One of the many things I loved about the novel are the characters who inhabit Kew Gardens. Jonah is a grieving husband, but he is not a model of decorum and mourning.  He attempts to forget about Audrey by sleeping with numerous women, trying to find a way back to some sort of normality that will start him living his life again.  Chloe is the same, brittle and wary of forming any connection that will make her confront her past and what she has witnessed.  For me, that made the novel even better – I want real, relatable people, who react in ways that I can understand, and make me want to see them find the resolution they need.

Harry and Milly initially seem always to be just on the edge of Jonah and Chloe’s world, but they in fact are so pivotal to their lives, that without them, they will not be able to move past the grief they both hold inside.  Page by page, chapter by chapter, Harry and Milly move from the background of Kew, into the centre of the plot, and we start to understand exactly why they are there, and so interested in Jonah and Chloe.

All the time, the magnificent and stately Kew Gardens weaves its way through the story.  Most of the novel takes place here, and like an all-seeing and all-knowing entity, it holds the key to why all the characters are drawn here.  The ethereal quality that Kew has, provides the perfect backdrop, as the novel progresses and we start to understand that all is not what it seems.  All the time, Kew is there, bringing people in to its heart and holding them there until they are ready to move on.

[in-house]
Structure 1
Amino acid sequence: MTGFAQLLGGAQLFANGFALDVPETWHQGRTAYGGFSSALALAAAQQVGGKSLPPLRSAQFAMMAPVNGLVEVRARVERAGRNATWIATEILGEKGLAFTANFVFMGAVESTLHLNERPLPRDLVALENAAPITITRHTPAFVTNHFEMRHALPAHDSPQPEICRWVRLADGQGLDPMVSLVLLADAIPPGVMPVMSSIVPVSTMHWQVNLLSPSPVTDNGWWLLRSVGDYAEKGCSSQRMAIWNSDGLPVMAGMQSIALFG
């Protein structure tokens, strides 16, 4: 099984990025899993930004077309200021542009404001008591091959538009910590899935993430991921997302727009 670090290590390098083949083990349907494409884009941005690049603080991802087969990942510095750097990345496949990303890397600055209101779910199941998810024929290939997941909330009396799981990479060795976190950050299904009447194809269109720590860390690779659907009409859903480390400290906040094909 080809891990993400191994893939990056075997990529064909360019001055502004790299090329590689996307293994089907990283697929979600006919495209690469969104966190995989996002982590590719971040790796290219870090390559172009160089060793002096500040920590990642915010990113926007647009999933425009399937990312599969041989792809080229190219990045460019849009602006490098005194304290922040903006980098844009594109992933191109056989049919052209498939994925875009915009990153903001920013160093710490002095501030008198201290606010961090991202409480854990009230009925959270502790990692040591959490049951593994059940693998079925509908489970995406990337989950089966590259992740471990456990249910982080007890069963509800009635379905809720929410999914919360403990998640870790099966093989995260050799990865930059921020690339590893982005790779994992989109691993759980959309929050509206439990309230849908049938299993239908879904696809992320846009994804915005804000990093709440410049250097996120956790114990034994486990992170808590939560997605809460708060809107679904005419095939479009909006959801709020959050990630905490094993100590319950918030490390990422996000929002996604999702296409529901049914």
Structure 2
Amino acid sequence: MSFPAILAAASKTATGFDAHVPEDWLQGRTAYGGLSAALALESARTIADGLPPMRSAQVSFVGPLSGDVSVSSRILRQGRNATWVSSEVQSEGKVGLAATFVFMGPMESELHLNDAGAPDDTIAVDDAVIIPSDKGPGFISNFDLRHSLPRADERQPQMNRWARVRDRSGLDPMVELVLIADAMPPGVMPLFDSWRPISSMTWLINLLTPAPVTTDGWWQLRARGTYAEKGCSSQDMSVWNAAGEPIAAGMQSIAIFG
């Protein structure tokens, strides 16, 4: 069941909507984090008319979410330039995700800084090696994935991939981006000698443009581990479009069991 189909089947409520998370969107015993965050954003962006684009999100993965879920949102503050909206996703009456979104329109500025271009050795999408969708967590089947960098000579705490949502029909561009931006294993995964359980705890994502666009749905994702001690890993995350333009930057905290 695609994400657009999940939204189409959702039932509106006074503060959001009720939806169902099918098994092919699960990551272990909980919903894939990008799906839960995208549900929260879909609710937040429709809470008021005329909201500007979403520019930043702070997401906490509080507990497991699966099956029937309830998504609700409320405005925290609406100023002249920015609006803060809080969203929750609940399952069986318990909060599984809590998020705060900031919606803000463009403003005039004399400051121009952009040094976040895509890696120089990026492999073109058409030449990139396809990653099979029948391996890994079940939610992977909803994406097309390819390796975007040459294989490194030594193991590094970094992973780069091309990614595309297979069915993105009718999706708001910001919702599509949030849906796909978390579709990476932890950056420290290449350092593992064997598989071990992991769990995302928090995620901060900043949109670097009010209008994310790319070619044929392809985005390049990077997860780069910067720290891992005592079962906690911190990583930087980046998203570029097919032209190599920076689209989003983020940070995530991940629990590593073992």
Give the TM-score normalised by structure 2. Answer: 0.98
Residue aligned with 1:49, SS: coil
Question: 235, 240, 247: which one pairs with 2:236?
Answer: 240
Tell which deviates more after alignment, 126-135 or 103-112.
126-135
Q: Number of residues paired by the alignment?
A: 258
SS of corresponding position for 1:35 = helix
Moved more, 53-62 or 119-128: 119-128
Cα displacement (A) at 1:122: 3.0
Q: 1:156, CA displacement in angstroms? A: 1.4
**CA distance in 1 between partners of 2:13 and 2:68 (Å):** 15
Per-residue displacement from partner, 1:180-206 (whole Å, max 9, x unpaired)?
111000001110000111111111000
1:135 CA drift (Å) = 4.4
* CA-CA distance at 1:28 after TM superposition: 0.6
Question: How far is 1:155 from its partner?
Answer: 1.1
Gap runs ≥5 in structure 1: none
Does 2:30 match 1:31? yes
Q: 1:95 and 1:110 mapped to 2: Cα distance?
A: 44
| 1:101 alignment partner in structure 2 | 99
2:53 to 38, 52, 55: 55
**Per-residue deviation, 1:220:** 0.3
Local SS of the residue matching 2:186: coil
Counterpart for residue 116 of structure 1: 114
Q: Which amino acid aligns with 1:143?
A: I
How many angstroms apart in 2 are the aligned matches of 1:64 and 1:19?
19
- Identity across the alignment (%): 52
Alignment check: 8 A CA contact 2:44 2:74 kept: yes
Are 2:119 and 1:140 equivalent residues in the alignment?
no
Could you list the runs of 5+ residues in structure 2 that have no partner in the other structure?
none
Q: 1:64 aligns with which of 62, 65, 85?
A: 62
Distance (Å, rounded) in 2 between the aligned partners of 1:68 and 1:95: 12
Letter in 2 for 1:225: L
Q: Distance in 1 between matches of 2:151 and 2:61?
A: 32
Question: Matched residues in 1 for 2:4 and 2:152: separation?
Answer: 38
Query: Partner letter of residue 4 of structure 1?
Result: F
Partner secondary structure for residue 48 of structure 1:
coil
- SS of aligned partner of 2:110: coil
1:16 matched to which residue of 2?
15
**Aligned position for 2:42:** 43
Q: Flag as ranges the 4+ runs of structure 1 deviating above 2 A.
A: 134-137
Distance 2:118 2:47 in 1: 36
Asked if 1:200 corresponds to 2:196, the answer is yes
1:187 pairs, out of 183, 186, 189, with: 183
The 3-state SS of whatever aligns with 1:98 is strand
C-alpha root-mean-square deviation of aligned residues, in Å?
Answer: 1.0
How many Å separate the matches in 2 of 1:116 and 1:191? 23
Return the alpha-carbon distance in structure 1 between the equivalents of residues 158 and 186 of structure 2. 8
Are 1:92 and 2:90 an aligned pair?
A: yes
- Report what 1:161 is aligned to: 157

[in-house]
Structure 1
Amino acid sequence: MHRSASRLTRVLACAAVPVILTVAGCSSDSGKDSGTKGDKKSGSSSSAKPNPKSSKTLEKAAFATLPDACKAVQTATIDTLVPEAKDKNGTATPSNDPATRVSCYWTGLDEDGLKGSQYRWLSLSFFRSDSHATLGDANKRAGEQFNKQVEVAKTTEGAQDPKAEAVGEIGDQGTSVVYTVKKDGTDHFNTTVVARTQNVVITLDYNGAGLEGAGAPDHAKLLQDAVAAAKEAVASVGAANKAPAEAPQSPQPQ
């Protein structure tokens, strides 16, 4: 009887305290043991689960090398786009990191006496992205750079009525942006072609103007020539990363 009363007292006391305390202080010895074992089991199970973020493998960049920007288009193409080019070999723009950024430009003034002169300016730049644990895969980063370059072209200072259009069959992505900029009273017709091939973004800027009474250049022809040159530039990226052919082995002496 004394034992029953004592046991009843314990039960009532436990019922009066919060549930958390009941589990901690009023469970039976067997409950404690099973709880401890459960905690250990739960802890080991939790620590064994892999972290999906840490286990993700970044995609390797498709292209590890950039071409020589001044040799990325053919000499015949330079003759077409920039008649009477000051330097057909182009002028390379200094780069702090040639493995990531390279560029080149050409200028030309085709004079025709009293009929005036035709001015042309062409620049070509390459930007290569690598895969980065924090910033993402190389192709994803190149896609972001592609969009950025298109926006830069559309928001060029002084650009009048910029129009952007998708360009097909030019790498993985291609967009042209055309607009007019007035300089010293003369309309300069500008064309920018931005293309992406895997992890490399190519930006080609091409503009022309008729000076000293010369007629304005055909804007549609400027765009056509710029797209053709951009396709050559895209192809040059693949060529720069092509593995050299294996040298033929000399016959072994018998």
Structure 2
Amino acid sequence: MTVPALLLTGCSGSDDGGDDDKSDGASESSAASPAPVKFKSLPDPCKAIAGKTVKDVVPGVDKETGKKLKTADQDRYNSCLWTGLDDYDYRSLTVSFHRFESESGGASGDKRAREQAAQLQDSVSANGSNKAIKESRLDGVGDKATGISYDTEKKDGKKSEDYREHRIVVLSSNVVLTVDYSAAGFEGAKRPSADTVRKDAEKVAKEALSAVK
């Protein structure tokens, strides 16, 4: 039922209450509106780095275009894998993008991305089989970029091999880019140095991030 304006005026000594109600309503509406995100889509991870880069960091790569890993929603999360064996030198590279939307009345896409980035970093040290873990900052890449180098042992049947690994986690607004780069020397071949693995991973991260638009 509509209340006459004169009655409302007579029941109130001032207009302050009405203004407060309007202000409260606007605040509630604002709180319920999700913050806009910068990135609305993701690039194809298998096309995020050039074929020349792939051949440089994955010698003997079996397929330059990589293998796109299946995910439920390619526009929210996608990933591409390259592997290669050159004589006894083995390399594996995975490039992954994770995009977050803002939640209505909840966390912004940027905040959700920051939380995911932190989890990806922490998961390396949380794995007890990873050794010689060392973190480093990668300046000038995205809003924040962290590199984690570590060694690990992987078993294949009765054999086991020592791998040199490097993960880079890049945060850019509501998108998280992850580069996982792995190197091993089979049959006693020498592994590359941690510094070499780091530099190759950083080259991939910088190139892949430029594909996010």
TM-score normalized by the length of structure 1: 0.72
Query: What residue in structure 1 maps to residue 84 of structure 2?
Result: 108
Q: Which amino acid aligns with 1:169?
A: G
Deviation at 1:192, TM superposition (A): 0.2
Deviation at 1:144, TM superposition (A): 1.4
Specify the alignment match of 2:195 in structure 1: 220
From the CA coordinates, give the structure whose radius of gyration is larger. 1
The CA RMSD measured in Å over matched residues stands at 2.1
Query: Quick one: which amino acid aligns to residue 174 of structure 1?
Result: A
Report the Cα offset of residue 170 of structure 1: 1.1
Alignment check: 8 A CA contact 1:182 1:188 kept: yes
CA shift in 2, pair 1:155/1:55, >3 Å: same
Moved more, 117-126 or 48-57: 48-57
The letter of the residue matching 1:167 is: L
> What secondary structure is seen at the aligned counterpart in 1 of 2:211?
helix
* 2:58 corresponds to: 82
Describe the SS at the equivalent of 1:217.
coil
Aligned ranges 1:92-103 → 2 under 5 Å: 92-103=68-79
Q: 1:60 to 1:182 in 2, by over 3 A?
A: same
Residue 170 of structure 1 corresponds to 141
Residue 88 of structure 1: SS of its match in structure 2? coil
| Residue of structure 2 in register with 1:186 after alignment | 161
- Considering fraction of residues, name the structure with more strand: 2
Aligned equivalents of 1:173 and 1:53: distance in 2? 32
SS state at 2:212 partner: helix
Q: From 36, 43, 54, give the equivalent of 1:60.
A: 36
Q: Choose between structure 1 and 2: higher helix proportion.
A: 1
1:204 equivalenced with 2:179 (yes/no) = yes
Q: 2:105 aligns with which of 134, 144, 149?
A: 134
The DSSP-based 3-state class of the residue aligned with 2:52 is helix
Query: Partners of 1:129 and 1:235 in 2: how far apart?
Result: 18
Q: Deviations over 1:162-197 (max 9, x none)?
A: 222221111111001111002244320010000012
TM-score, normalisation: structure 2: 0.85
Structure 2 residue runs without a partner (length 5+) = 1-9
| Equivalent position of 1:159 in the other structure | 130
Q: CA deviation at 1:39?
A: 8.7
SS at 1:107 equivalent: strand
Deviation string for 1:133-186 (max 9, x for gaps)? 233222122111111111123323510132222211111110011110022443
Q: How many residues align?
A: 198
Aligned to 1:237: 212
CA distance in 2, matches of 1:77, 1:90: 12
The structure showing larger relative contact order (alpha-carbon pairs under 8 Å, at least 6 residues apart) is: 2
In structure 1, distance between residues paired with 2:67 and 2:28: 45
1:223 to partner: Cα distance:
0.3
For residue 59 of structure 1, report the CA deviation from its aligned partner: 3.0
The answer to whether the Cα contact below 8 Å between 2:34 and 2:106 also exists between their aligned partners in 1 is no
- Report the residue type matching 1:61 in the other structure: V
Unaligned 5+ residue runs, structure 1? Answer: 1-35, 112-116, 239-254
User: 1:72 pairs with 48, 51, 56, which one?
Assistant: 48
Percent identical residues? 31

Audrey is the link between all these characters, and like them, before she died, she too was dealing with her own grief.  Unable to carry a child to full term, she and Jonah move further apart as they bluster through their daily lives, never really talking about their marriage, or how sad they feel.  Like all the people in A Thousand Paper Birds, Audrey is not held up as a paragon of virtue.  She is increasingly drawn to Harry, wondering whether their shared love of nature and gardening is a solid enough foundation to risk her ending her marriage to Jonah.